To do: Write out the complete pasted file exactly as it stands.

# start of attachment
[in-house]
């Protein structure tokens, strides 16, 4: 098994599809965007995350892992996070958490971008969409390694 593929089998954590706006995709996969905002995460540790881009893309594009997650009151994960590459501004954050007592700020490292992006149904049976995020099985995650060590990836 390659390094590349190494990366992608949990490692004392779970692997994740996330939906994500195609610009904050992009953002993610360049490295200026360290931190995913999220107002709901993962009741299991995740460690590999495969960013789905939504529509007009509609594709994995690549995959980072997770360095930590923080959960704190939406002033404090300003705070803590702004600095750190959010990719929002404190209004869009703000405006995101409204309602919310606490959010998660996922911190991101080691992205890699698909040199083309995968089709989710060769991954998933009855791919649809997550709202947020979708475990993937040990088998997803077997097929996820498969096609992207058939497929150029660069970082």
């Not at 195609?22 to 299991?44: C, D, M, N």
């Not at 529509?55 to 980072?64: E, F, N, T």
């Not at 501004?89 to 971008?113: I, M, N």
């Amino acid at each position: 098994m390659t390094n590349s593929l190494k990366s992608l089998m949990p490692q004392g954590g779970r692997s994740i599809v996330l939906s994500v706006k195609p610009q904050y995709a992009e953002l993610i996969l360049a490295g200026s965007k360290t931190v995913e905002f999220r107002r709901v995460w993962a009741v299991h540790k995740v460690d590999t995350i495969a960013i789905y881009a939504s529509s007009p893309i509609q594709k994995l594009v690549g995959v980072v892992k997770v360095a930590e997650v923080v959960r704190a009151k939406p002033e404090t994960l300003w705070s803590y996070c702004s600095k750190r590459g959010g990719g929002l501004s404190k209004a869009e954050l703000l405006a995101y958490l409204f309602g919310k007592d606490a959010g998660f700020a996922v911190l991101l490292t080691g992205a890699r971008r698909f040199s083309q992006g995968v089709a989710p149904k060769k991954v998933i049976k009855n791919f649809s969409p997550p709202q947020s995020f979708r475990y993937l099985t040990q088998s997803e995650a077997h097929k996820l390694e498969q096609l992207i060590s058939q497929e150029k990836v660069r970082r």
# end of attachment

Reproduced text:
[in-house]
């Protein structure tokens, strides 16, 4: 098994599809965007995350892992996070958490971008969409390694 593929089998954590706006995709996969905002995460540790881009893309594009997650009151994960590459501004954050007592700020490292992006149904049976995020099985995650060590990836 390659390094590349190494990366992608949990490692004392779970692997994740996330939906994500195609610009904050992009953002993610360049490295200026360290931190995913999220107002709901993962009741299991995740460690590999495969960013789905939504529509007009509609594709994995690549995959980072997770360095930590923080959960704190939406002033404090300003705070803590702004600095750190959010990719929002404190209004869009703000405006995101409204309602919310606490959010998660996922911190991101080691992205890699698909040199083309995968089709989710060769991954998933009855791919649809997550709202947020979708475990993937040990088998997803077997097929996820498969096609992207058939497929150029660069970082």
């Not at 195609?22 to 299991?44: C, D, M, N």
């Not at 529509?55 to 980072?64: E, F, N, T």
């Not at 501004?89 to 971008?113: I, M, N």
């Amino acid at each position: 098994m390659t390094n590349s593929l190494k990366s992608l089998m949990p490692q004392g954590g779970r692997s994740i599809v996330l939906s994500v706006k195609p610009q904050y995709a992009e953002l993610i996969l360049a490295g200026s965007k360290t931190v995913e905002f999220r107002r709901v995460w993962a009741v299991h540790k995740v460690d590999t995350i495969a960013i789905y881009a939504s529509s007009p893309i509609q594709k994995l594009v690549g995959v980072v892992k997770v360095a930590e997650v923080v959960r704190a009151k939406p002033e404090t994960l300003w705070s803590y996070c702004s600095k750190r590459g959010g990719g929002l501004s404190k209004a869009e954050l703000l405006a995101y958490l409204f309602g919310k007592d606490a959010g998660f700020a996922v911190l991101l490292t080691g992205a890699r971008r698909f040199s083309q992006g995968v089709a989710p149904k060769k991954v998933i049976k009855n791919f649809s969409p997550p709202q947020s995020f979708r475990y993937l099985t040990q088998s997803e995650a077997h097929k996820l390694e498969q096609l992207i060590s058939q497929e150029k990836v660069r970082r």